Some states cement COVID-19 telehealth expansions

July 08, 2020


Some states that expanded telehealth access and coverage during the COVID-19 pandemic are moving to make those changes permanent.

Colorado Gov. Jared Polis signed a bill on Monday that expands telehealth access by barring insurers from requiring that patients have a pre-established relationship with a virtual care provider or imposing additional location, certification or licensure requirements on providers as a condition for telehealth reimbursement.

The new law, which applies to state-regulated health plans and Medicaid, adds remote patient monitoring as a covered service and does away with restrictions on the technology used for telehealth visits. As long as the audio or video technology is compliant with HIPAA, it is covered. The law was modeled off of Colorado’s emergency order expanding telehealth on April 1, said state Rep. Susan Lontine, a Democrat who sponsored the legislation first introduced in June.

“Providers began to really like that flexibility that they were given under the executive orders, and so we began to look at how we could extend (the flexibility) after the executive orders ended,” Lontine said in an interview. “In the current atmosphere we are still faced with the risk of exposure to COVID, so whatever we can do to encourage people to continue with their visits but limit their risk of exposure is helpful.”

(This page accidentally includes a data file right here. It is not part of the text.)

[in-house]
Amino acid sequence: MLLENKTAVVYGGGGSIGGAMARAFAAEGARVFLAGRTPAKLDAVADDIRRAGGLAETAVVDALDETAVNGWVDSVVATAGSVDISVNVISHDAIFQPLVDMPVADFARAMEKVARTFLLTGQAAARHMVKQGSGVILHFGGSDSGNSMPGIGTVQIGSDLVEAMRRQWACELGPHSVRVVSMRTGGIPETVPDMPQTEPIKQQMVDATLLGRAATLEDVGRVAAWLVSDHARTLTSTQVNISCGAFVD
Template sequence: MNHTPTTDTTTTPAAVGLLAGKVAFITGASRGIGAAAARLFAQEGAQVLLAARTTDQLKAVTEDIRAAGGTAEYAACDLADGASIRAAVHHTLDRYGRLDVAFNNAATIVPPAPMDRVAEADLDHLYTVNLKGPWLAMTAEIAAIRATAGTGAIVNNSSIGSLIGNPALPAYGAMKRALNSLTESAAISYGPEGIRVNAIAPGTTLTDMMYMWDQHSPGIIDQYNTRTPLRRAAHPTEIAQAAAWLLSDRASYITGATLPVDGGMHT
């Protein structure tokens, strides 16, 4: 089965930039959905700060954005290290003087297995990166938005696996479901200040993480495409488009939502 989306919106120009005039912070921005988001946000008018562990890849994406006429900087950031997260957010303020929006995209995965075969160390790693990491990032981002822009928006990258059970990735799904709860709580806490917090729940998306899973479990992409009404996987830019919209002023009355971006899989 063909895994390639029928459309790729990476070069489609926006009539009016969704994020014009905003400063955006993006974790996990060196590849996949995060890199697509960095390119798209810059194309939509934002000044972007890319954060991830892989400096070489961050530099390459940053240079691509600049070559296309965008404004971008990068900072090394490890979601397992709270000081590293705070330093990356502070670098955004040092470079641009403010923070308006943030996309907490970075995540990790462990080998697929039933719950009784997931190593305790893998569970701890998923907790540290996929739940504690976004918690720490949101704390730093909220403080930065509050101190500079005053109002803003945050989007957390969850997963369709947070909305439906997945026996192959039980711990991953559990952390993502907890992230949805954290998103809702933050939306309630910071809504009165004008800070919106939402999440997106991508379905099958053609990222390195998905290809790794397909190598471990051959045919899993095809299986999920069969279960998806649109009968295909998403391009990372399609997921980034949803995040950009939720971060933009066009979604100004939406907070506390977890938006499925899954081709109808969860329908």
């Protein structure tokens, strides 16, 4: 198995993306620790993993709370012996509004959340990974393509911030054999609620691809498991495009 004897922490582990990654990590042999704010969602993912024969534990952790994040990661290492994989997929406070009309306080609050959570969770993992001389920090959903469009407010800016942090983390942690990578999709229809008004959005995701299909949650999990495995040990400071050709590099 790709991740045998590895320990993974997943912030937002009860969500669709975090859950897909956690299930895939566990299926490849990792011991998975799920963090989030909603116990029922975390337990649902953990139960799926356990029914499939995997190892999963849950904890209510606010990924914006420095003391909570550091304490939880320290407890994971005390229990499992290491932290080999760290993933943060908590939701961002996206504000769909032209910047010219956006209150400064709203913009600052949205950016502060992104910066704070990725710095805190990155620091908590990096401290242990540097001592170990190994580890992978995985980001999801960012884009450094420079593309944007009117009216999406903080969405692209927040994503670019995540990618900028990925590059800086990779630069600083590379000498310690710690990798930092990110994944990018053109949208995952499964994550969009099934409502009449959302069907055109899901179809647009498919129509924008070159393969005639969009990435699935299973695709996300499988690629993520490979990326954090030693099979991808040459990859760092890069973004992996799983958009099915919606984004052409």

Meanwhile, Idaho Gov. Brad Little issued an executive order in late June that asks state agencies to take steps to make permanent the waivers of telehealth rules and other regulations that he issued during the COVID crisis. The waivers had broadened the technology that could be used for telehealth, allowed telehealth providers to prescribe more medications, including medication-assisted treatment for substance use disorder, and allowed out-of-state providers to treat Idaho patients.

“Our loosening of healthcare rules since March helped to increase the use of telehealth services, made licensing easier, and strengthened the capacity of our healthcare workforce — all necessary to help our citizens during the global pandemic. We proved we could do it without compromising safety. Now it’s time to make those healthcare advances permanent moving forward,” Little said in a news release.

The states’ actions show they see value in virtual care beyond the pandemic, when access to in-person care was limited because of stay-at-home orders, fear of exposure to the novel coronavirus and providers’ need to conserve resources.

“We are thrilled to see Colorado and Idaho embracing telehealth by permanently breaking down state regulatory barriers. The reality is that many of the barriers in place needlessly restrict patient access to healthcare providers through technology. The flexibilities allowed during this pandemic have clearly illustrated the necessity of re-examining the rules that were so quickly changed for an emergency,” said Krista Drobac, executive director of the Alliance for Connected Care, a Washington-based group that advocates for greater access to telehealth.

When the pandemic began to affect patient volumes in March, health systems and physician offices quickly pivoted to telehealth as a way to maintain income and keep track of chronically ill patients. Payers made it easier for them to do so.